GD Chair Doubles Down on Criticizing EU, U.S. Ambassadors

Ruling Georgian Dream party chairperson Irakli Kobakhidze doubled down on recent criticism of the former EU Ambassador Carl Hartzell in Georgia and on U.S. Ambassador Kelly Degnan in an extensive July 21 interview with pro-government TV Imedi.

MP Kobakhidze criticized Amb. Hartzell on July 20, when his term officially ended, for playing a “strictly negative” role in relations between the EU and Georgia during his time in the country. EU’s Lead Spokesperson for External Affairs, Peter Stano shot back at the ruling party’s criticism and underscored, “Blaming others for your own unfulfilled ambitions only confirms the need to have more time to understand how the European Union works and that reforms are homework.”

Concerning the U.S. Ambassador, Georgian Dream officials have recently lashed out at her on several issues, including the U.S.’ critical position on Judge Lasha Chkhikvadze’s decision to imprison opposition Mtavari Arkhi TV chief Nika Gvaramia. Controversy first arose when Judge Chkhikvadze said an Embassy representative questioned him following the case after which he was removed from a Judge’s U.S. exchange program.

Amb. Hartzell not treating “Georgia as a sovereign nation”

Building on his previous statements, the MP emphasized yesterday the party had a “very solid basis” for criticizing Amb. Hartzell when they “saw an attitude where he did not look at Georgia as a sovereign state.”

Referring to concerns over his comments voiced by the MEP delegation which visited the country this week, Kobakhidze denoted, “they said one thing while here: that it is better to criticize politicians rather than diplomats, and to this, we answered that, precisely, because Carl Hartzell acted not as an Ambassador but as a politician it became necessary for us to evaluate his work as we did.”

Referencing the April 19 agreement brokered by the EU, among other examples of Amb. Hartzell’s involvement in Georgian politics, MP Kobakhidze added, “there were a lot of statements in public, which of course we could and did evaluate negatively, and this was happening even more behind the scenes than in public. This attitude was very offensive, because Georgia should be seen as a sovereign state by everyone and especially by diplomats.”

Attacks on U.S. Ambassador

Addressing the State Department’s July 20 statement in support of Amb. Degnan, which voiced concern about the “disinformation and personal attacks” on the Ambassador, the GD Chair emphasized, “we have never attacked the Ambassador… Questions were asked about specific topics, and the questions cannot, in any case, be assessed as an attack.”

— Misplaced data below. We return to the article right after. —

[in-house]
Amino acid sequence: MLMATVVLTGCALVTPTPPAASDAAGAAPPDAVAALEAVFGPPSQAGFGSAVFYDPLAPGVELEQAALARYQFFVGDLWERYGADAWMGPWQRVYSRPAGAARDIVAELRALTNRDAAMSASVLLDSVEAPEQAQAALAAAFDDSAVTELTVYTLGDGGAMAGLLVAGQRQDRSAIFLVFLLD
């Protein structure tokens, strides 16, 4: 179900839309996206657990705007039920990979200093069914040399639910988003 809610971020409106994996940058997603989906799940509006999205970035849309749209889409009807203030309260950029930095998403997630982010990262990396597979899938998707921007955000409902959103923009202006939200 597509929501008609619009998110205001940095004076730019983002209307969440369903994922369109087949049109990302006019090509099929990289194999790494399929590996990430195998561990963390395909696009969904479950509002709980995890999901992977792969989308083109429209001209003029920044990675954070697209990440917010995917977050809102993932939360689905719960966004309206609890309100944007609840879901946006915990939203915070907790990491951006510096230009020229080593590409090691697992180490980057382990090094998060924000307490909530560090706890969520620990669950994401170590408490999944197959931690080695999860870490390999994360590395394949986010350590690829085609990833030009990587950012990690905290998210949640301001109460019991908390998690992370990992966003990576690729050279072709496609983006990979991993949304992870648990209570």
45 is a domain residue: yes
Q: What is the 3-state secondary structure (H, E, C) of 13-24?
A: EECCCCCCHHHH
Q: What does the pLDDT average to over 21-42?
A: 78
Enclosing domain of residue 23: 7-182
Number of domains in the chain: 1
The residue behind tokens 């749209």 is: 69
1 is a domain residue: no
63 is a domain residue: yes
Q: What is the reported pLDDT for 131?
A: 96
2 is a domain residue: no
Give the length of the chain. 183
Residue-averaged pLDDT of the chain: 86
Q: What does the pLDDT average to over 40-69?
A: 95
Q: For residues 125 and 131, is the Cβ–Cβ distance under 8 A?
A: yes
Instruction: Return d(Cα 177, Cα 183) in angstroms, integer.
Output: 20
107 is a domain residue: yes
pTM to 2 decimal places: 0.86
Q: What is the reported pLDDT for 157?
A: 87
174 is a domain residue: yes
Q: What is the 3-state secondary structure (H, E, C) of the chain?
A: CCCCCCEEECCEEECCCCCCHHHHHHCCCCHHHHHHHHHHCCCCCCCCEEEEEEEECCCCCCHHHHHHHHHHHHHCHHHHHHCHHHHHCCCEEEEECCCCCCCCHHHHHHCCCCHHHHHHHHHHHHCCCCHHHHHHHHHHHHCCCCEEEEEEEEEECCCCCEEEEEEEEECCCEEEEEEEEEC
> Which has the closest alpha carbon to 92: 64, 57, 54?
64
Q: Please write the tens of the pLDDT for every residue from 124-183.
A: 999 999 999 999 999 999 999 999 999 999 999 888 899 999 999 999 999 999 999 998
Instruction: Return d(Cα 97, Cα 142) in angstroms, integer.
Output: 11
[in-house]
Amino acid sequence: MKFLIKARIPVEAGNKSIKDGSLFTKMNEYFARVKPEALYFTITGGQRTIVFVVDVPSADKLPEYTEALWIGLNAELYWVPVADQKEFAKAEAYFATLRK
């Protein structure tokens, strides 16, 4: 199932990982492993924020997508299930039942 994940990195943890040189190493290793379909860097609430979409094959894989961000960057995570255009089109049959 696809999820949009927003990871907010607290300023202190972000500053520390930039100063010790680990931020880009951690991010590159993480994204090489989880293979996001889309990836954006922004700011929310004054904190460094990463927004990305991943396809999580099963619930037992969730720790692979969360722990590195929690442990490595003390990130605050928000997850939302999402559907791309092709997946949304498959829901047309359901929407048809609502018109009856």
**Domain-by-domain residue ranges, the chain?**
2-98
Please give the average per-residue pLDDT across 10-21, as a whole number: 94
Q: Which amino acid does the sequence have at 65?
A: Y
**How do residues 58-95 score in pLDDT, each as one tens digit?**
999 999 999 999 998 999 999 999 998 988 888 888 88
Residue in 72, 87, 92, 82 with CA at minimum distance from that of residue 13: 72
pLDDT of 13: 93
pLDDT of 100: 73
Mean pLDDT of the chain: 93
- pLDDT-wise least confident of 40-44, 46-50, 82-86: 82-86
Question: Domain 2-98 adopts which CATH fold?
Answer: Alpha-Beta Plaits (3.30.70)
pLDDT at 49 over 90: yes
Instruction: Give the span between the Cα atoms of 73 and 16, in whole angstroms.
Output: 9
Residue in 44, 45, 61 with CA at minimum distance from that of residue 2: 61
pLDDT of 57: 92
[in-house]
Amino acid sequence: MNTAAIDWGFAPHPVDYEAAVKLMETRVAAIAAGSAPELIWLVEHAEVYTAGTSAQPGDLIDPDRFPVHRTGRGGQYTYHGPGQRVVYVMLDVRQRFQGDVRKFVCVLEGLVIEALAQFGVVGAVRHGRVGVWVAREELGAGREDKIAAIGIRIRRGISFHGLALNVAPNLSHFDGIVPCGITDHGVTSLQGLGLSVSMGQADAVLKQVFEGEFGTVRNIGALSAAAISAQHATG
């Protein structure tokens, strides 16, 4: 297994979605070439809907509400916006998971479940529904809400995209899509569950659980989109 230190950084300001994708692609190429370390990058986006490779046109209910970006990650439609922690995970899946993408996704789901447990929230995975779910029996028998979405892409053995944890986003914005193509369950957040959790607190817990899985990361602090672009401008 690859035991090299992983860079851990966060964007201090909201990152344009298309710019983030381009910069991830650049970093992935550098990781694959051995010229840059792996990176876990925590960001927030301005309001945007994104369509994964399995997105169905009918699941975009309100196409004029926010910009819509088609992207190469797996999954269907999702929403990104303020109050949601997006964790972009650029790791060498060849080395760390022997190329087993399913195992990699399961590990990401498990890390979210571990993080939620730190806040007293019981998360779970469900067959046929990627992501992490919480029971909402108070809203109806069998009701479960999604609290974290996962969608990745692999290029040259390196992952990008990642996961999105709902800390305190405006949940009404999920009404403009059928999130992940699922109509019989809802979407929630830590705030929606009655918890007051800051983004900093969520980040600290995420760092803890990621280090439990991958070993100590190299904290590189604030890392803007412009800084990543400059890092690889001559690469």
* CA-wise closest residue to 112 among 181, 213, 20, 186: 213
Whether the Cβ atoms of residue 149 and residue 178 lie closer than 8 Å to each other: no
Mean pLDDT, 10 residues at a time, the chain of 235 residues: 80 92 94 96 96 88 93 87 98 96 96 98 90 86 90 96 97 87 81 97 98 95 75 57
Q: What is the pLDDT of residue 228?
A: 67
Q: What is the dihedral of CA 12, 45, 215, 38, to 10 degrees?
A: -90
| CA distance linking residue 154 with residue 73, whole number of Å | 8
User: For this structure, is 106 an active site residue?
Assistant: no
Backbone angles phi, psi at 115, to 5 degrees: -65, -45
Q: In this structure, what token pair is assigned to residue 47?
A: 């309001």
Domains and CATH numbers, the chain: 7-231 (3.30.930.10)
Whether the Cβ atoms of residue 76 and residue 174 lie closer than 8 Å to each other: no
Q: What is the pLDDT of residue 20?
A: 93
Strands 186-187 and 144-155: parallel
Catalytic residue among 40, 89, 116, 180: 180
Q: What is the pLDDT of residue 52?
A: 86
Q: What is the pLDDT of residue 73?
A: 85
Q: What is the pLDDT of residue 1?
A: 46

“We heard extremely disturbing accusations against an employee of the Embassy that he pressured the court on behalf of the Ambassador,” he explained, “when such an accusation is heard from a Judge, who is a representative of the Georgian state, this requires a clear answer.”

The MP stressed that Amb. Degnan’s latest statement on the issue yesterday, that the U.S. does “not use our programs to sanction or to punish anyone” was inadequate.

The GD Chair said the lack of a clear answer “creates the risk that tomorrow a different official, from an Embassy or not, a politician or civil servant may perceive that this is the norm, that you summon a judge, ask for a report, and when you receive this or that answer, you punish the judge because of a specific case.”

“When we talk about the clan, theoretically, if we imagine a clan it is nothing more than this, a clan is a group of people who summon judges, ask for reports and then punish them. And here the accusation is related to clan elements and it is necessary to give a clear answer to this publicly,” he concluded.

Response to Ukraine Expecting More from Georgia

MP Kobakhidze also addressed a remark made yesterday by Andrey Kasyanov, the Temporary Representative of the Ukrainian Embassy in Georgia, that Ukraine expected more support from Georgia, and reiterated the claim that “Ukraine wants to see Georgia as a second front… He [Kasyanov] moved on to the fact that we did not arm Ukraine, which would mean directly involving Georgia in the war.”

“Georgia did everything it could have done,” Kobakhidze underscored, “Wherever there was a principled position of the political support to be stated, we did so, and secondly, [we provided] humanitarian [support]. As for the other so-called support that Kasyanov talked about today, it leads to war… The only thing we have not done for Ukraine is not get involved in the military conflict.”

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